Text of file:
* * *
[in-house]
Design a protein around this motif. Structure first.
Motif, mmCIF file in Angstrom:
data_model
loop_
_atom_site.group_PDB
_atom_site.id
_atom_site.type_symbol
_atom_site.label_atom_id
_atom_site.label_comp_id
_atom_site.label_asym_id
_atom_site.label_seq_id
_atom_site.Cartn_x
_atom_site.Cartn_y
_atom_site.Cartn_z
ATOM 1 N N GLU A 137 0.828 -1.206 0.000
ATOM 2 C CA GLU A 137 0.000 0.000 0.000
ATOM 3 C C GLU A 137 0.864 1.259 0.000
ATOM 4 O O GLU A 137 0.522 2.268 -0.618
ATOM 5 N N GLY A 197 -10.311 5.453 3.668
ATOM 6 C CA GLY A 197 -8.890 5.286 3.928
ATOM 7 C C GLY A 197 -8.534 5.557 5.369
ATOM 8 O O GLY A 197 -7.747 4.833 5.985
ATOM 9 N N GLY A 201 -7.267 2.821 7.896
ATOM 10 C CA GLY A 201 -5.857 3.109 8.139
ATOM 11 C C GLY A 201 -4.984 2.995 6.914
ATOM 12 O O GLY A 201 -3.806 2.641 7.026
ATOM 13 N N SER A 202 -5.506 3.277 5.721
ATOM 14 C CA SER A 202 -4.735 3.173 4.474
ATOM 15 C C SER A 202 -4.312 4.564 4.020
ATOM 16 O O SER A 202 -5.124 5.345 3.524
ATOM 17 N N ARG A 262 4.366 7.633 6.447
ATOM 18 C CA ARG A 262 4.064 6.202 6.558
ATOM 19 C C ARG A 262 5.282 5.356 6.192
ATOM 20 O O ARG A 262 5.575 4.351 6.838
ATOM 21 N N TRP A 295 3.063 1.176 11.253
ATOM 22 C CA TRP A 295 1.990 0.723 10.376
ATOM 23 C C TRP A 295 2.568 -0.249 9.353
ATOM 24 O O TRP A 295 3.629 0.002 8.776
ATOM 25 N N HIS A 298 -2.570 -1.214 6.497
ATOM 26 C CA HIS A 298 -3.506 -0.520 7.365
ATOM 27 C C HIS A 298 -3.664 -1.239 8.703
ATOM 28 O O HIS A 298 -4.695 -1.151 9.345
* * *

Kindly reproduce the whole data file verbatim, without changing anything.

[in-house]
Design a protein around this motif. Structure first.
Motif, mmCIF file in Angstrom:
data_model
loop_
_atom_site.group_PDB
_atom_site.id
_atom_site.type_symbol
_atom_site.label_atom_id
_atom_site.label_comp_id
_atom_site.label_asym_id
_atom_site.label_seq_id
_atom_site.Cartn_x
_atom_site.Cartn_y
_atom_site.Cartn_z
ATOM 1 N N GLU A 137 0.828 -1.206 0.000
ATOM 2 C CA GLU A 137 0.000 0.000 0.000
ATOM 3 C C GLU A 137 0.864 1.259 0.000
ATOM 4 O O GLU A 137 0.522 2.268 -0.618
ATOM 5 N N GLY A 197 -10.311 5.453 3.668
ATOM 6 C CA GLY A 197 -8.890 5.286 3.928
ATOM 7 C C GLY A 197 -8.534 5.557 5.369
ATOM 8 O O GLY A 197 -7.747 4.833 5.985
ATOM 9 N N GLY A 201 -7.267 2.821 7.896
ATOM 10 C CA GLY A 201 -5.857 3.109 8.139
ATOM 11 C C GLY A 201 -4.984 2.995 6.914
ATOM 12 O O GLY A 201 -3.806 2.641 7.026
ATOM 13 N N SER A 202 -5.506 3.277 5.721
ATOM 14 C CA SER A 202 -4.735 3.173 4.474
ATOM 15 C C SER A 202 -4.312 4.564 4.020
ATOM 16 O O SER A 202 -5.124 5.345 3.524
ATOM 17 N N ARG A 262 4.366 7.633 6.447
ATOM 18 C CA ARG A 262 4.064 6.202 6.558
ATOM 19 C C ARG A 262 5.282 5.356 6.192
ATOM 20 O O ARG A 262 5.575 4.351 6.838
ATOM 21 N N TRP A 295 3.063 1.176 11.253
ATOM 22 C CA TRP A 295 1.990 0.723 10.376
ATOM 23 C C TRP A 295 2.568 -0.249 9.353
ATOM 24 O O TRP A 295 3.629 0.002 8.776
ATOM 25 N N HIS A 298 -2.570 -1.214 6.497
ATOM 26 C CA HIS A 298 -3.506 -0.520 7.365
ATOM 27 C C HIS A 298 -3.664 -1.239 8.703
ATOM 28 O O HIS A 298 -4.695 -1.151 9.345